Saturday mornings Lee and I are often glued to the TV watching cooking shows. We each have our favorites and Lee’s is anything with Martin Yan. I can’t really blame him. Martin Yan is a real character. He zips around the kitchen like crazy and he never misses an opportunity to whip out the cleaver…chop, chop, chop, chop, chop, chop!

Lee likes to do Martin Yan impressions. You can too, just try out any one of several catch phrases:

“look at this, look at this, look at this!”

“add a little bit of this and a little bit of that”

“cut it like this, like this, like this, mmm!”

“set it aside and it’s done!”

But while I have watched his show for years, I really haven’t experimented much in my own kitchen when it comes to Asian cuisine. With so many choices just minutes from my door I’m more likely to choose to go out rather than cook Asian style at home. While Yan is always able to whip up a recipe in no time on the air, I can see a lot of prep is done ahead of time and sometimes he resorts to “the magic of television” to get recipes completed. Finally the lists of ingredients often seem to include a couple of items that I don’t have.

I have to admit, I’d never cooked one of his recipes until I got the companion book to the PBS series, Martin Yan Quick & Easy. Quick and easy is my style. Not only quick and easy to prepare, but there are many dishes that make for one-dish meals or need only a simple side dish to make a meal. No 10 course banquets!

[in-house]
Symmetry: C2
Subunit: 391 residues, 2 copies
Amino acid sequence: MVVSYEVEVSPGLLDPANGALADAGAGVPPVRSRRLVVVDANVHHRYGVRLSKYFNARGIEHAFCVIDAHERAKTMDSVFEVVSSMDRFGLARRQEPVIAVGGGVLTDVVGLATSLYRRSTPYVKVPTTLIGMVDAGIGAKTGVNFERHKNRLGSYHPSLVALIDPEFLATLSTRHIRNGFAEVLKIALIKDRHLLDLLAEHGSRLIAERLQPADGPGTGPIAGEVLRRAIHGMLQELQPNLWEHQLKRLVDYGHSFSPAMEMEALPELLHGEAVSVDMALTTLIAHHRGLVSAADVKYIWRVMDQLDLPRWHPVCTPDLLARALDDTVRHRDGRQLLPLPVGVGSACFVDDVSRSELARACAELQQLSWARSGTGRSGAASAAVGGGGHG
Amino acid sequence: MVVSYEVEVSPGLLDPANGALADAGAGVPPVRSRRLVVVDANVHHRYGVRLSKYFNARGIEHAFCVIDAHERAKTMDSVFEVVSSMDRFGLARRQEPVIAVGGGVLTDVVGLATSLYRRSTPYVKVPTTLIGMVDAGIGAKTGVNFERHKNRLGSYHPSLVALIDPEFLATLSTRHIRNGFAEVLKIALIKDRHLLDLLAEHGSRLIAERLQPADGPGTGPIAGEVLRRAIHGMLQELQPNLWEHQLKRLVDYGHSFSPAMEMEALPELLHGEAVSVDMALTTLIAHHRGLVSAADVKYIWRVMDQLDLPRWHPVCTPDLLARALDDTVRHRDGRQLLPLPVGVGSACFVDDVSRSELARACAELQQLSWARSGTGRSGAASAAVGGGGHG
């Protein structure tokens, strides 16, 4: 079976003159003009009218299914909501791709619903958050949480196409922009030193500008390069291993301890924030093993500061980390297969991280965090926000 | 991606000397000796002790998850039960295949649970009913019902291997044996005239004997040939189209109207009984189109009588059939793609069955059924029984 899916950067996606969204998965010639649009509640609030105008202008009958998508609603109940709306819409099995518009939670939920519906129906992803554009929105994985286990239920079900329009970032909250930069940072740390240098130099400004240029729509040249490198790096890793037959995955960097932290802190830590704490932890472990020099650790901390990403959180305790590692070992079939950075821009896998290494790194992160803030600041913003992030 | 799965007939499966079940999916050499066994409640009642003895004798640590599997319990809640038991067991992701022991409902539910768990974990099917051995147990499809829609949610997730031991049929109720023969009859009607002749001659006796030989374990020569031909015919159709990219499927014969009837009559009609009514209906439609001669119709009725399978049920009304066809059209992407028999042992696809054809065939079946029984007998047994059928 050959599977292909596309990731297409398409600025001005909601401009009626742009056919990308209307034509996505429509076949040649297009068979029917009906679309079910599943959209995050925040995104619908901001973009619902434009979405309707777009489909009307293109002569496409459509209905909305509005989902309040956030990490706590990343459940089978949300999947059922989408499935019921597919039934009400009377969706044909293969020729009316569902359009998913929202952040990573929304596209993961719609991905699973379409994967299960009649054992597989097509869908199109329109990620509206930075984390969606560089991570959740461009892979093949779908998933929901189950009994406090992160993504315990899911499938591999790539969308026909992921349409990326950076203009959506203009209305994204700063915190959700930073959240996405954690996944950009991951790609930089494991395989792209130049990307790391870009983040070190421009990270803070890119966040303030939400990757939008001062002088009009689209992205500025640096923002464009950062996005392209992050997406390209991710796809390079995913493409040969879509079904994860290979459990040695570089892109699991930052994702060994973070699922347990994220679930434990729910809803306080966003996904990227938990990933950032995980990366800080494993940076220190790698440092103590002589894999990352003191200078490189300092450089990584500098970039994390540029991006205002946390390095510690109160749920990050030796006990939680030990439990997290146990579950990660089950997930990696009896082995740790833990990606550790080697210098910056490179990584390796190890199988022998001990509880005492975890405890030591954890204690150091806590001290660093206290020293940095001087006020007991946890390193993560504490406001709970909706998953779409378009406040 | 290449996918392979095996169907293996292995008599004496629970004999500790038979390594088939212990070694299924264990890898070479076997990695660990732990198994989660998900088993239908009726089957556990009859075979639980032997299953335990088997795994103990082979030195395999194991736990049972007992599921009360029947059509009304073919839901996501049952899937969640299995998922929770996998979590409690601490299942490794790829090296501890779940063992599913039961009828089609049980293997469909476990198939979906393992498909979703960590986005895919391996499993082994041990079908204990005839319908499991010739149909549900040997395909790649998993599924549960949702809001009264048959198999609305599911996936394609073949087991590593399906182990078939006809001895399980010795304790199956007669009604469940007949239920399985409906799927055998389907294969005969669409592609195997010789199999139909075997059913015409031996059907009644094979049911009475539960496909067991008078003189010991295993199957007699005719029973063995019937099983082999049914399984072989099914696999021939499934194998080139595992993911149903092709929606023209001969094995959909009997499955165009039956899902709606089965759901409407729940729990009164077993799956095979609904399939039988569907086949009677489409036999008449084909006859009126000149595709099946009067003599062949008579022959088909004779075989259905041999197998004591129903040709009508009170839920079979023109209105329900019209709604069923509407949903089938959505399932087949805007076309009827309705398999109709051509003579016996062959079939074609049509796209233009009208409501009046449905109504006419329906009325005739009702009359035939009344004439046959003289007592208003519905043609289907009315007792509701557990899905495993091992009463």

The first recipe I tried was Tea-Smoked Salmon and not only did I have all the ingredients but this is a dish that can be prepared in under thirty minutes, start to finish. You marinate the salmon, make a mixture of tea, sugar and rice and smoke the fish in a stir fry or frying pan. Because the smoke mixture sits on a bed of tin foil there is very little clean up. Yan’s instructions were easy to follow and the resulting dish was great. If you’ve enjoyed watching Martin Yan or just always wanted to try cooking some Asian recipes, this book a good place to start. If you’d like see a few of the recipes, click here.

  • catherine

    I adore Martin Yan! He’s such a part of my childhood TV experience.

  • created by Rose

    I could spend all morning searching for this one particular device, but maybe you know…

    Martin Yan used a hand-crank, plastic device, a little like a “lathe for large carrots.” He stuck the carrot into the machine, turned the hand crank, and it produced one long, nearly endless, julienned carrot strand.

    I want one of those.

    But I have no idea what it’s called, or who manufactures it, or where to buy it.

    If you know anything about this, please contact me at

    I really want to buy one of those things.

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